When it came to rum, we couldn't look beyond the global rum ambassador. So, over to Ian Burrell for his take on the world's best rum bars.
As part of my new web page, I thought it would be exciting to compile a directory of all the great rum bars around the world. So if you were travelling to Athens, for example, you would know where to get a decent Daiquiri, a perfect Pina Colada, a memorable Mai Tai or just be able to sip and savour your favourite r(h)um. But the tricky part would be how to define a Great Rum Bar? Is it a bar that makes great rum cocktails? Is it a bar that stocks multiple brands of rum? Is it a bar that has a rum theme, ie Tiki, Caribbean or Pirate? Personally my ideal rum bar should have one important factor. It should be fun, welcoming and have a back bar focused on my favourite spirit. (Well maybe that’s three important factors.)
The staff should have a decent knowledge of the rums they stock and should be able to recommend a rum drink for the most expert rum aficionado or any rum novice who may pass through their doors. I would also expect there to be at least 50 rums on offer, and I don’t mean 50 different flavours or spiced rums. The style of rums that should be on offer are English, Spanish, French, Brazilian, an over-proofed high strength, a 100% pot stilled rum, a several-island blend and an ultra-premium rum that can compete (in packaging) with premium vodkas. And that is just the white rums.
In the gold rum category I would stock a Jamaican style, Guyanese, French, Spanish, a sweeter central or South American rum (for after dinner), a Demerara rum, a Navy rum and one very expensive rum just to let my customers know that the rums are not only for mixing with coke. So that’s 16 rums for starters. Not a bad selection for a basic bar, although some of my favourite bars around the world stock at least 80 rums on their shelves. These bars are a testament to the creators’ passion for and love of rum as a spirit that is more than just an offering to quench the thirst – it is a spirit that is a lifestyle of the past, present and of the future.
650 Gough Street, San Francisco, CA 94102, US
If you ever find yourself in sunny San Francisco (well it is sunny in the summer) and you’re in need of a great rum cocktail, then there is only one bar to head to.
Smugglers Cove not only stocks more than 200 rums, it also combines classic Tiki cocktails with punches, Prohibition era drinks, traditional drinks from the Caribbean and, of course, modern creations.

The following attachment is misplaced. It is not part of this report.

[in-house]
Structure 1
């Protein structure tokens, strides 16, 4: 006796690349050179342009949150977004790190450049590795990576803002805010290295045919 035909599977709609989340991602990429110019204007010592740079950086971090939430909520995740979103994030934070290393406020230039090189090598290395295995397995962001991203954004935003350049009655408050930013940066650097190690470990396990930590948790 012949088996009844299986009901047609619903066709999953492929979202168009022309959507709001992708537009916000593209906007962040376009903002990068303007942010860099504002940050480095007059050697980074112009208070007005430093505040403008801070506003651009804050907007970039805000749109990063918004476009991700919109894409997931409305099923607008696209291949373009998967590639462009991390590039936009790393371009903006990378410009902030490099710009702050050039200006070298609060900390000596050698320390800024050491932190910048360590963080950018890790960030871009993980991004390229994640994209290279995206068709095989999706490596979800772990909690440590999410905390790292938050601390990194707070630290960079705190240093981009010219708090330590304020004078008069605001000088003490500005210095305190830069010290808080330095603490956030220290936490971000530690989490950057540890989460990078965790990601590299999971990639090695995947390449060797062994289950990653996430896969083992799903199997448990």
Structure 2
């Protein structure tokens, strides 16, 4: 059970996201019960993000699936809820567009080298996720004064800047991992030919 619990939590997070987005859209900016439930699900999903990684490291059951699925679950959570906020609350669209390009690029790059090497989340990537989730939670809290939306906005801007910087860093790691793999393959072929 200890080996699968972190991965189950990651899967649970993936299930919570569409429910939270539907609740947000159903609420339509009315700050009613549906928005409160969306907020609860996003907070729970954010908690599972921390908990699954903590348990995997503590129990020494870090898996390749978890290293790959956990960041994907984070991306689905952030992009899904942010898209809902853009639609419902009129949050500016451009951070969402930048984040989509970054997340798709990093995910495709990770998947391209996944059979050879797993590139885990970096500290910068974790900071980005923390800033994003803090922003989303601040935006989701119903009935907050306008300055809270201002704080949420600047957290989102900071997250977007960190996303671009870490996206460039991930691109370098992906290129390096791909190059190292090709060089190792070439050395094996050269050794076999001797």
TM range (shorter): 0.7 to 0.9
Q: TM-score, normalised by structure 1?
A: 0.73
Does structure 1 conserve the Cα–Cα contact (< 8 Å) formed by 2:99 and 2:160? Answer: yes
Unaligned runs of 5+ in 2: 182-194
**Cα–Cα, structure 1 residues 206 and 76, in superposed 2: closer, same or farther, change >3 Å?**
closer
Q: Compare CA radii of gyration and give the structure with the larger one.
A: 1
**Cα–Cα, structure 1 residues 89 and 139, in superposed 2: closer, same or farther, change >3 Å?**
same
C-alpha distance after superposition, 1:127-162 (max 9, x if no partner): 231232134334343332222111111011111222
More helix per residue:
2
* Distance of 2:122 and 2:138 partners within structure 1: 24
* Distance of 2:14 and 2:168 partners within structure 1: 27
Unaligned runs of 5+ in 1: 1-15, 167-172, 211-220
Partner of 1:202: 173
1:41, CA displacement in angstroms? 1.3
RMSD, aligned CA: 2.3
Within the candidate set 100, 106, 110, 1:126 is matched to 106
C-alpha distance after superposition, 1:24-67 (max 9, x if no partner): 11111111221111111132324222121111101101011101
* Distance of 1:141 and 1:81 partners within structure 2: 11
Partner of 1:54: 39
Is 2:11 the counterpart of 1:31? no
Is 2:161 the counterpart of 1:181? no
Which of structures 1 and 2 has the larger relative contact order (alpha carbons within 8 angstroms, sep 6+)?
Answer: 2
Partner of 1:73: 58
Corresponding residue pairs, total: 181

Owner Martin Cates opened the doors in 2009 and since then has won many awards and accolades for his treasure of a bar.
1 Dover Street London W1S 4LD, UK
This rum bar/nightclub is as famous for its high-profile clientele as it is known for its Tiki décor and rums. Since its opening in 2006, the club has attracted media attention as a favourite haunt of Princes William and Harry.
Just like the great Tiki bars of the 1950s and 60s, which attracted the rich and famous, Mahiki has no windows, is loud with music and energy and serves some of the most exotic rum cocktails - inspired by the bartenders such as Don The Beachcomber and Trader Vic Bergeron.
With more than 200 rums on the back bar you are guaranteed a great night.
The Liars Club
19a Back Bridge Street, Manchester, M3 2PB
One of my great ‘spiritual friends’, Dale DeGroff once said: “I don’t go to bars for a drink, I go to see bartenders.” This is so true. You can sometimes find a character behind a bar who, no matter where they worked, you would gravitate towards them because of their energy.
Lyndon Higginson (formerly of Keko Moku) is one of those bartenders. In 2011 he set up Manchester’s newest Tiki rum bar, which has immediately become one of the must go-to bars in the UK. Typically Tiki, it stocks well over 100 rums and even has a pet goldfish-eating Piranha to amuse you while you sip on a Painkiller or Zombie.